Sylheti is an eastern Indo-Aryan language spoken mainly in the Sylhet ( ꠍꠤꠟꠐ / সিলেট) region of Bangladesh, and the neighbouring Barak Valley in the Indian state of Assam. There are also speakers of Sylheti in the Indian states of Meghalaya, Tripura and Manipur, as well as in the USA and UK. In 2007 there were about 11 million speakers of Sylheti.
The Syloti-Nagri alphabet is related to the Kaithi alphabet of Bihar. The exact origins of the alphabet are unknown and the earliest surviving manuscripts dates from either 1549 or 1774 (the date is given within the manuscript though the text is not clear at that point).
The traditionally story of the origin of the Syloti-Nagri alphabet is that it was developed around the beginning of the 14th century by Saint Shahjalal and his 360 saintly companions, most of whom were Arabic speakers. Other scripts used at the time were deemed unsuitable for the Sylheti language.
In the late 17th century, Persian became the official language of the Delhi Sultanate and the Perso-Arabic script was used in all official documents. The Sylheti language and alphabet continued to be used by the ordinary people for everyday matters.
In the 1860s, a Sylheti by the name of Moulvi Abdul Karim spent several years in Europe and learnt the printing trade. After returning home, he designed a woodblock type for the Syloti-Nagri alphabet and founded the Islamia Press in Sylhet Town in about 1870. Other Sylheti presses were established in Sunamgonj, Shillong and Calcutta. These presses fell out of use during the early 1970s. Since then the Syloti-Nagri alphabet has been used mainly by linguists and academics.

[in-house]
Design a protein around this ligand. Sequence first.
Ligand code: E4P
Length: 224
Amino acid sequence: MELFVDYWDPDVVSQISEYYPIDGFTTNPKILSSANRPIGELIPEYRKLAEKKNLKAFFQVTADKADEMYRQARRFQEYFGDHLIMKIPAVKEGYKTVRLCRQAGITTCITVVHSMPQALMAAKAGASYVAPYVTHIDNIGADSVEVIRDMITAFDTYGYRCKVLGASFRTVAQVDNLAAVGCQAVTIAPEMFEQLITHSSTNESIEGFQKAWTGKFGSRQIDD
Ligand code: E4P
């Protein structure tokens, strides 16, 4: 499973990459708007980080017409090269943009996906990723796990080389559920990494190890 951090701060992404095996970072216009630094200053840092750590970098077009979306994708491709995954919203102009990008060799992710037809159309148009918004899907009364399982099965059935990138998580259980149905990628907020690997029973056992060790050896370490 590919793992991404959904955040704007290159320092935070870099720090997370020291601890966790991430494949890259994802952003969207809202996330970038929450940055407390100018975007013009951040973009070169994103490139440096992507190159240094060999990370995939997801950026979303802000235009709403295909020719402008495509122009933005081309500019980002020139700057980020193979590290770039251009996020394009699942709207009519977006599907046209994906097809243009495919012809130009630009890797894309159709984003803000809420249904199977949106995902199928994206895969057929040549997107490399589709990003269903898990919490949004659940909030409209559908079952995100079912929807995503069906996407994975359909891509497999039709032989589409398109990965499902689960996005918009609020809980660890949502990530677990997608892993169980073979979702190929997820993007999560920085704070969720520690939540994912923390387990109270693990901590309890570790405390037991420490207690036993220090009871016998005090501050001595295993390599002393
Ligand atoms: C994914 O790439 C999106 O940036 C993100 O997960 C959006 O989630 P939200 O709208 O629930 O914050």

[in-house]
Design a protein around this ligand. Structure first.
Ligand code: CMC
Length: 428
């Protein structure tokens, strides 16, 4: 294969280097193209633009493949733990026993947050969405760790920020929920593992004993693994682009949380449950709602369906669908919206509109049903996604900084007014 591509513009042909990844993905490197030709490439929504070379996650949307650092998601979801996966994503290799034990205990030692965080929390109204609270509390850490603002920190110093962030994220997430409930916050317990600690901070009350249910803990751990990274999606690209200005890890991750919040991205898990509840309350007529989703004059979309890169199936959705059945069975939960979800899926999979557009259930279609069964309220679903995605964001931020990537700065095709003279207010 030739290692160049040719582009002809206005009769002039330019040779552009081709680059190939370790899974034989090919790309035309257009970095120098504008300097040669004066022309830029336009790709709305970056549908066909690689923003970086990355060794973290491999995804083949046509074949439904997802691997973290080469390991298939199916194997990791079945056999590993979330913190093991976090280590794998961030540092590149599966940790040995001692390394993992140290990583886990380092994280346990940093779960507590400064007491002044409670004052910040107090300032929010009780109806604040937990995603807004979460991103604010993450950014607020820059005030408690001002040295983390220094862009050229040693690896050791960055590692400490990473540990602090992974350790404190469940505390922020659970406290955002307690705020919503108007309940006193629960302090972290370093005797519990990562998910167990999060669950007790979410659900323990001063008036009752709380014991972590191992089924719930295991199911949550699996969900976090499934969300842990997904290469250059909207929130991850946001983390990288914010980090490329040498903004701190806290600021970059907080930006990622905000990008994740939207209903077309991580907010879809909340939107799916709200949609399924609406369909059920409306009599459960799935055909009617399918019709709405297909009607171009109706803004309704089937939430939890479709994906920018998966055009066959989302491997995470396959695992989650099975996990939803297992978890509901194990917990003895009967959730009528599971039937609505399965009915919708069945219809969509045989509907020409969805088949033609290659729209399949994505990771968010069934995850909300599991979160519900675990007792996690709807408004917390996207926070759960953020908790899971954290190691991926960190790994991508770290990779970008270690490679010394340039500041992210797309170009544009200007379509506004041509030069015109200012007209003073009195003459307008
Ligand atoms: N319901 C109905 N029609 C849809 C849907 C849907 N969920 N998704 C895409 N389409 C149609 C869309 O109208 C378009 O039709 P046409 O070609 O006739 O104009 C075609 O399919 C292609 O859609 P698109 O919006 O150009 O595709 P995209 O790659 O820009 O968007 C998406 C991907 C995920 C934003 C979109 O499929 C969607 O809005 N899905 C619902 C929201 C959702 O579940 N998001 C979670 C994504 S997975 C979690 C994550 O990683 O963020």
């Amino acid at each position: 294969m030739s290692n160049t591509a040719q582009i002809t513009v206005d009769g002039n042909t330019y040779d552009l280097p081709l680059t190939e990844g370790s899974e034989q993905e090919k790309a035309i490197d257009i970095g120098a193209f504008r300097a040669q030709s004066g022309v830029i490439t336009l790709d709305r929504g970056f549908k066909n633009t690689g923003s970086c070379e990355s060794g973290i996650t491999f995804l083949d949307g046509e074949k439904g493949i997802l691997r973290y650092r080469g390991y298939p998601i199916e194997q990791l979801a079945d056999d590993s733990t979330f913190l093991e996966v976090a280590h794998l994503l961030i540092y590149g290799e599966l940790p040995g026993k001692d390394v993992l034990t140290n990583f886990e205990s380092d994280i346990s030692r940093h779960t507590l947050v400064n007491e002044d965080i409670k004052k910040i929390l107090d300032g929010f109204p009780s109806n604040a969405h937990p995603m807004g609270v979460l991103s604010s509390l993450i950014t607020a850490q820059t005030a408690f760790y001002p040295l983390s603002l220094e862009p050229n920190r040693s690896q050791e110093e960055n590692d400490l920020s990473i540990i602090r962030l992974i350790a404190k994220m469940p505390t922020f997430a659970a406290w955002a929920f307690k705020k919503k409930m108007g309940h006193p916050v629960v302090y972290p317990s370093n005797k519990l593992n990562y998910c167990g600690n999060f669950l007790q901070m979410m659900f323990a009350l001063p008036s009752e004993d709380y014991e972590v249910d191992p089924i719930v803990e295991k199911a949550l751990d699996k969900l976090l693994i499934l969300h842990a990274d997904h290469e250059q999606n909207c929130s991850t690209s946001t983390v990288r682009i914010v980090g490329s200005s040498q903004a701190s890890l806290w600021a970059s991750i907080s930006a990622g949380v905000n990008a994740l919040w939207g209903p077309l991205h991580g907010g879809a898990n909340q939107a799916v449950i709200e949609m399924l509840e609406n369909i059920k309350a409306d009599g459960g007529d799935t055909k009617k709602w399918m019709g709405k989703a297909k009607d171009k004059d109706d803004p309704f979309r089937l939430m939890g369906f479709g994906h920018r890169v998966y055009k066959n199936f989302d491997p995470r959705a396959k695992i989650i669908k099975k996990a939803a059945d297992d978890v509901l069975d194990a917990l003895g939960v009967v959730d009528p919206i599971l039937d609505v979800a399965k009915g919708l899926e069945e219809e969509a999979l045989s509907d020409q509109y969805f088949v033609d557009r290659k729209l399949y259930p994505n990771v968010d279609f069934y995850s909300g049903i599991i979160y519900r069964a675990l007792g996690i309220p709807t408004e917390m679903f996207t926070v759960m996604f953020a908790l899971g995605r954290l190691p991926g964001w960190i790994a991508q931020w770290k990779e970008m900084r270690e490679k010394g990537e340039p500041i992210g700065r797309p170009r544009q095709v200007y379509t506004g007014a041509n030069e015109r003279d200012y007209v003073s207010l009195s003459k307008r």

শব মাইনশর আজাদি জনম ওএ ইজ্জত আর হক লৈআ। তারার হুশ আর আকল-বুদ্ধি আছে আর তারা একজন আরকজনর লগে রুহানি ভাইট্টা বেবহার থাকত।
Shob mainshor azadi zonmo oe izzot ar hox loia. Tarar hush ar axol-buddi ase ar tara exzon aroxzonor loge ruhani baitta bebohar taxto.
All human beings are born free and equal in dignity and rights. They
are endowed with reason and conscience and should act towards one another
in a spirit of brotherhood.
(Article 1 of the Universal Declaration of Human Rights)
Information about the Sylheti scripts and pronunciation compiled or corrected by Wolfram Siegel. Sample texts provided by Abu Saleh Mohammad Sultan.
Information about Syloti-Nagri alphabet and the Sylheti language
Sylheti Translation and Research - a London-based research organisation dedicated to studying the folk literature of the Sylhet region of Bangladesh: http://www.sylheti.org.uk
Sylhet Nagri Texts Documentation Archive
Bengali and Sylheti Language Services
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